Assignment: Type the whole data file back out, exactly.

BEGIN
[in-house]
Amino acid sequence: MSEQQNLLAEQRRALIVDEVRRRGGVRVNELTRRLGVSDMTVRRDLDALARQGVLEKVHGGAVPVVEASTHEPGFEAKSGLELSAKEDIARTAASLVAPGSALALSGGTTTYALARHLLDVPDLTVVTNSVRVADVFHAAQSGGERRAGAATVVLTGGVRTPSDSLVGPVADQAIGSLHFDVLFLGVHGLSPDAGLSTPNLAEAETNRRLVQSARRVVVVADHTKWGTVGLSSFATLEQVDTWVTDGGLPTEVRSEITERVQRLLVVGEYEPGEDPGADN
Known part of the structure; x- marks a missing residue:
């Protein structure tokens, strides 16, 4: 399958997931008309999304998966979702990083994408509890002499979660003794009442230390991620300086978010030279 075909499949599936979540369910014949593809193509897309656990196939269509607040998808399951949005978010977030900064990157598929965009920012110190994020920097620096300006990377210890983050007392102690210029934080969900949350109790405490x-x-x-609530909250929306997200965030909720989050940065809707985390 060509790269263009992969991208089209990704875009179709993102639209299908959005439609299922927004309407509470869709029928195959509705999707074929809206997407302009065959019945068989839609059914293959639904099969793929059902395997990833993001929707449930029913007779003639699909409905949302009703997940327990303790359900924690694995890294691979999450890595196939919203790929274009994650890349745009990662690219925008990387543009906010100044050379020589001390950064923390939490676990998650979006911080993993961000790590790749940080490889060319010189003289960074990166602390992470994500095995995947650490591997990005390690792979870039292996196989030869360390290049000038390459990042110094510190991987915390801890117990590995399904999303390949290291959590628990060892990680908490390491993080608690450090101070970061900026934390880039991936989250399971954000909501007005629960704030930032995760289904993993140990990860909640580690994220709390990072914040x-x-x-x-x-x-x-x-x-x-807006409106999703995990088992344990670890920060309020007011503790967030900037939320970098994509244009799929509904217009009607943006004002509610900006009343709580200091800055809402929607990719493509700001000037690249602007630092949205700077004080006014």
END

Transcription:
[in-house]
Amino acid sequence: MSEQQNLLAEQRRALIVDEVRRRGGVRVNELTRRLGVSDMTVRRDLDALARQGVLEKVHGGAVPVVEASTHEPGFEAKSGLELSAKEDIARTAASLVAPGSALALSGGTTTYALARHLLDVPDLTVVTNSVRVADVFHAAQSGGERRAGAATVVLTGGVRTPSDSLVGPVADQAIGSLHFDVLFLGVHGLSPDAGLSTPNLAEAETNRRLVQSARRVVVVADHTKWGTVGLSSFATLEQVDTWVTDGGLPTEVRSEITERVQRLLVVGEYEPGEDPGADN
Known part of the structure; x- marks a missing residue:
């Protein structure tokens, strides 16, 4: 399958997931008309999304998966979702990083994408509890002499979660003794009442230390991620300086978010030279 075909499949599936979540369910014949593809193509897309656990196939269509607040998808399951949005978010977030900064990157598929965009920012110190994020920097620096300006990377210890983050007392102690210029934080969900949350109790405490x-x-x-609530909250929306997200965030909720989050940065809707985390 060509790269263009992969991208089209990704875009179709993102639209299908959005439609299922927004309407509470869709029928195959509705999707074929809206997407302009065959019945068989839609059914293959639904099969793929059902395997990833993001929707449930029913007779003639699909409905949302009703997940327990303790359900924690694995890294691979999450890595196939919203790929274009994650890349745009990662690219925008990387543009906010100044050379020589001390950064923390939490676990998650979006911080993993961000790590790749940080490889060319010189003289960074990166602390992470994500095995995947650490591997990005390690792979870039292996196989030869360390290049000038390459990042110094510190991987915390801890117990590995399904999303390949290291959590628990060892990680908490390491993080608690450090101070970061900026934390880039991936989250399971954000909501007005629960704030930032995760289904993993140990990860909640580690994220709390990072914040x-x-x-x-x-x-x-x-x-x-807006409106999703995990088992344990670890920060309020007011503790967030900037939320970098994509244009799929509904217009009607943006004002509610900006009343709580200091800055809402929607990719493509700001000037690249602007630092949205700077004080006014």